[2b, 4] When, as in the present case, it appears that insufficient market data is available to ascertain the "actual market" of the particular type of property, other factors such as replacement costs and income analyses may be employed in determining valuation. (Kaiser Co. v. Reid (1947) 30 Cal. 2d 610, 623 [184 P.2d 879]; see also De Luz Homes, Inc., supra, pp. 563-564 [15] of 45 Cal.2d; 51 Am.Jur., Taxation, p. 650, § 698; Cooley, Taxation (4th ed.) p. 2308, § 1145.) Thus, the capitalization of income method is a generally accepted method of valuing property from which income is or may be [67 Cal. 2d 584] derived (De Luz Homes, Inc. v. County of San Diego, supra, at p. 564 [17]; see also El Tejon Cattle Co. v. County of San Diego (1966) 64 Cal. 2d 428, 430 [50 Cal. Rptr. 546, 413 P.2d 146]) and has been approved by the courts for the valuing of producing mineral properties. (See Birch v. County of Orange (1922) 59 Cal. App. 133, 137, 139 [210 P. 57], South Utah Mines v. Beaver County (1923) 262 U.S. 325, 330-332 [67 L. Ed. 1004, 1007-1008, 43 S. Ct. 577]; Cal-Bay Corp. v. United States (9th Cir. 1948) 169 F.2d 15, 18 [4], cert. den. 335 U.S. 859 [93 L. Ed. 406, 69 S. Ct. 134].) [5] Further, it is settled that earnings of property may be taken into account in determining valuations, whether or not the capitalization of income method, as such, is employed. (See Roehm v. County of Orange (1948) 32 Cal. 2d 280, 285 - 286 [196 P.2d 550], and authorities there cited.)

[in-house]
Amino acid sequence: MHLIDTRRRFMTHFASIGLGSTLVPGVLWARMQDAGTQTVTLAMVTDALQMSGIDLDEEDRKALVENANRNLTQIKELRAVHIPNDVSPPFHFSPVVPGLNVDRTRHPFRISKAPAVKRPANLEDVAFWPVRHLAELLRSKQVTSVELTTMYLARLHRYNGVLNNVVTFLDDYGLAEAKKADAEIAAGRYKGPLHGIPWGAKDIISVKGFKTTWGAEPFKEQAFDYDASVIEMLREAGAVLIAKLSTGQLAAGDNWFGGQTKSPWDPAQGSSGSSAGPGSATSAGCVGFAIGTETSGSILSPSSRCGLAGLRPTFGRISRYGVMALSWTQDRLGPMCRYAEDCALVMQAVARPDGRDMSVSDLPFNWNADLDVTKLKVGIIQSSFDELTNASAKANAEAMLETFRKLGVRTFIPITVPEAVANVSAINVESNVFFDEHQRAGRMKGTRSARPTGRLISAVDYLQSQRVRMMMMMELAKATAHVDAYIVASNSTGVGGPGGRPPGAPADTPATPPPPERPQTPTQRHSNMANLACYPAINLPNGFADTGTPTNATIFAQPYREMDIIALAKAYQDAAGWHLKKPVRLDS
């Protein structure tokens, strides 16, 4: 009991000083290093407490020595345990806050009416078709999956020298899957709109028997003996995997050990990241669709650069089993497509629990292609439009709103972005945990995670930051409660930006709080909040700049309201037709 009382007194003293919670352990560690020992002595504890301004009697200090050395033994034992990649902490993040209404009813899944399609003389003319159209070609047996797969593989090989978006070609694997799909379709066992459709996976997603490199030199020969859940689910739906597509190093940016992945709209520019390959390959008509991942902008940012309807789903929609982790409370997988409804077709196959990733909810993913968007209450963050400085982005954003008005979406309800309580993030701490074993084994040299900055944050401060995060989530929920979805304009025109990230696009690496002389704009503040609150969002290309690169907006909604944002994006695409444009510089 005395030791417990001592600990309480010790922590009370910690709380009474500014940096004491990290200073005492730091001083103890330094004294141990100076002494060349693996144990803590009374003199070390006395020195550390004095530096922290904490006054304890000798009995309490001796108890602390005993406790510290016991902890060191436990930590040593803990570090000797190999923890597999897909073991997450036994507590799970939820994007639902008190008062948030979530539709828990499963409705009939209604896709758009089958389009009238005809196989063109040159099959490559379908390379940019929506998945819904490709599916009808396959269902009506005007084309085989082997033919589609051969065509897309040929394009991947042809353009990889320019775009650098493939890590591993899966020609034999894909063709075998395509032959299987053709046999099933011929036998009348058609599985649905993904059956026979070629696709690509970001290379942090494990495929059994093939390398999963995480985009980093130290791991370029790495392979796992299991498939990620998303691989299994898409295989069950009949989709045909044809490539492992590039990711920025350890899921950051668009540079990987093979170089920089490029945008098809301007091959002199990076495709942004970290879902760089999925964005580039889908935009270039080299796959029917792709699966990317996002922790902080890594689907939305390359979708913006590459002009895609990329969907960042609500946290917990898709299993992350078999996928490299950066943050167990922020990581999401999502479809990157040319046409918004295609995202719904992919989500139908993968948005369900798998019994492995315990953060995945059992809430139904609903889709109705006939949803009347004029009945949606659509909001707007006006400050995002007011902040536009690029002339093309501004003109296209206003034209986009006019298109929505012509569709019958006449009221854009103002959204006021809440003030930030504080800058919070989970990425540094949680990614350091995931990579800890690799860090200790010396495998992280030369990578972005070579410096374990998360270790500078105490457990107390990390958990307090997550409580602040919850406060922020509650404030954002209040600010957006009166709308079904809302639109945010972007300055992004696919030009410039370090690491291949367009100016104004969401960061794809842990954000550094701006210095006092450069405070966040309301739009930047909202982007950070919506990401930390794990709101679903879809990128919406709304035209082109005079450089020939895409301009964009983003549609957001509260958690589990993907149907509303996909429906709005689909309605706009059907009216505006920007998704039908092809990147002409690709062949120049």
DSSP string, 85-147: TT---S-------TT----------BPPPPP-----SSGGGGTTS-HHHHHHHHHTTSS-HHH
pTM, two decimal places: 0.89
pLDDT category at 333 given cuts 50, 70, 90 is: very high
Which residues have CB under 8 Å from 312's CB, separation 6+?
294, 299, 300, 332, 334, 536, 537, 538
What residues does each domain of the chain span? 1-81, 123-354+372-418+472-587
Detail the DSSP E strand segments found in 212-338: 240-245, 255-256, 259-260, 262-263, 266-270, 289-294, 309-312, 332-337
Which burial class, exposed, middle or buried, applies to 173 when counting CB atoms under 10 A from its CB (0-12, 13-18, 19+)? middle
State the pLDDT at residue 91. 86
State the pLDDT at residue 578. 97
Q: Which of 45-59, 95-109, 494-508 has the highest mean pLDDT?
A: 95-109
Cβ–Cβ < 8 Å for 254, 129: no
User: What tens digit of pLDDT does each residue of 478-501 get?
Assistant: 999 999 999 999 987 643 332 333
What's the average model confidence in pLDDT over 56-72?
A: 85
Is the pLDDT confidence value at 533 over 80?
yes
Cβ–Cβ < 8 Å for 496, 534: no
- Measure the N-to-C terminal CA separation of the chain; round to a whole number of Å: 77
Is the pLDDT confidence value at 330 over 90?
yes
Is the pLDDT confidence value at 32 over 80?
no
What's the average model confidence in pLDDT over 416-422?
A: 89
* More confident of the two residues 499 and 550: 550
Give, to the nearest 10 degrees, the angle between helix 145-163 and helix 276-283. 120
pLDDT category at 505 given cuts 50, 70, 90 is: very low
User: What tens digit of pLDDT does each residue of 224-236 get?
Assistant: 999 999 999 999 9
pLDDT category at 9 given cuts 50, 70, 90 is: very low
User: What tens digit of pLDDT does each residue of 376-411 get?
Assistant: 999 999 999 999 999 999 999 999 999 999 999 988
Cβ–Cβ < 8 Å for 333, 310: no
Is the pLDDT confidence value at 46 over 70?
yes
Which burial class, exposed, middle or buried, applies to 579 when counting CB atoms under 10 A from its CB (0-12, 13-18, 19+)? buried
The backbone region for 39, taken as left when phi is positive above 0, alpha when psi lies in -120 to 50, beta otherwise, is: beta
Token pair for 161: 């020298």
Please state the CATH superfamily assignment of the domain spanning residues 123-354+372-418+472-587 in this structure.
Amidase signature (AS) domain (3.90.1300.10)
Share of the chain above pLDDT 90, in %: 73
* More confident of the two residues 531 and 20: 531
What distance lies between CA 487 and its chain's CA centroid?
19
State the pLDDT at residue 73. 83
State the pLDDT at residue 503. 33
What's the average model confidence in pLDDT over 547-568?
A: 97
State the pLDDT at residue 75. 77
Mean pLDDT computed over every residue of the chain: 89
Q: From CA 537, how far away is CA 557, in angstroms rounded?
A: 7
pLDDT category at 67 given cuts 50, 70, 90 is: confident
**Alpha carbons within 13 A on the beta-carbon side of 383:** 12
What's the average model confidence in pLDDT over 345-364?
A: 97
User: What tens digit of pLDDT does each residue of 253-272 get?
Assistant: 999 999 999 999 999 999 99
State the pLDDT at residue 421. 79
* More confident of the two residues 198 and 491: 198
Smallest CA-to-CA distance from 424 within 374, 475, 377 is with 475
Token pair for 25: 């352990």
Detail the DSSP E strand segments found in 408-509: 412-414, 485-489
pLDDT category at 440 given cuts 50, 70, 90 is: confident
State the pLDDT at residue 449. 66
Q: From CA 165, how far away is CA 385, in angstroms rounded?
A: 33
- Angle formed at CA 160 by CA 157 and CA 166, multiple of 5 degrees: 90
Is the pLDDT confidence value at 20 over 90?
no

[6] However, when earnings are taken into account or the capitalization of income method is employed, the profitableness of property to its present owner does not provide a standard by which to arrive at its "full cash value"; rather, the net earnings to be considered or capitalized are those that would be anticipated by a prospective purchaser. (County of Riverside v. Palm-Ramon Dev. Co. (1965) 63 Cal. 2d 534, 539 [3] [47 Cal. Rptr. 377, 407 P.2d 289], quoting from De Luz, supra, p. 566 [20, 21] of 45 Cal.2d; Victor Valley etc. Corp. v. County of San Bernardino (1955) 45 Cal. 2d 580, 585 [4] [290 P.2d 565]; Texas Co. v. County of Los Angeles (1959) 52 Cal. 2d 55, 61-62 [3] [338 P.2d 440]; County of Tuolumne v. State Board of Equalization (1962) 206 Cal. App. 2d 352, 368-369 [21] [24 Cal. Rptr. 113]; 51 Am.Jur., Taxation, p. 650, § 698.) [7a] Nor may income derived in large part from enterprise activity be ascribed to the property being appraised; instead, it is the earnings from the property itself or from the beneficial use thereof which are to be considered. (See De Luz Homes, Inc., supra, p. 572 of 45 Cal.2d; Palm-Ramon, supra, 538-539 [2] of 63 Cal.2d; Michael Todd Co. v. County of Los Angeles (1962) 57 Cal. 2d 684, 696 [21 Cal. Rptr. 604, 371 P.2d 340]; Kaiser Co. v. Reid, supra, 30 Cal. 2d 610, 625.) When no sound or practicable basis appears for apportionment of income as between enterprise activity and the property itself, then a method may be employed which imputes an appropriate income to the property. (See El Tejon Cattle Co. v. County of San Diego, supra, 64 Cal. 2d 428, 430 - 431 [1]; De Luz, supra, p. 565 [18] and p. 572 of 45 Cal.2d; Palm-Ramon, supra, p. 539 [3] of 63 Cal.2d.) [67 Cal. 2d 585]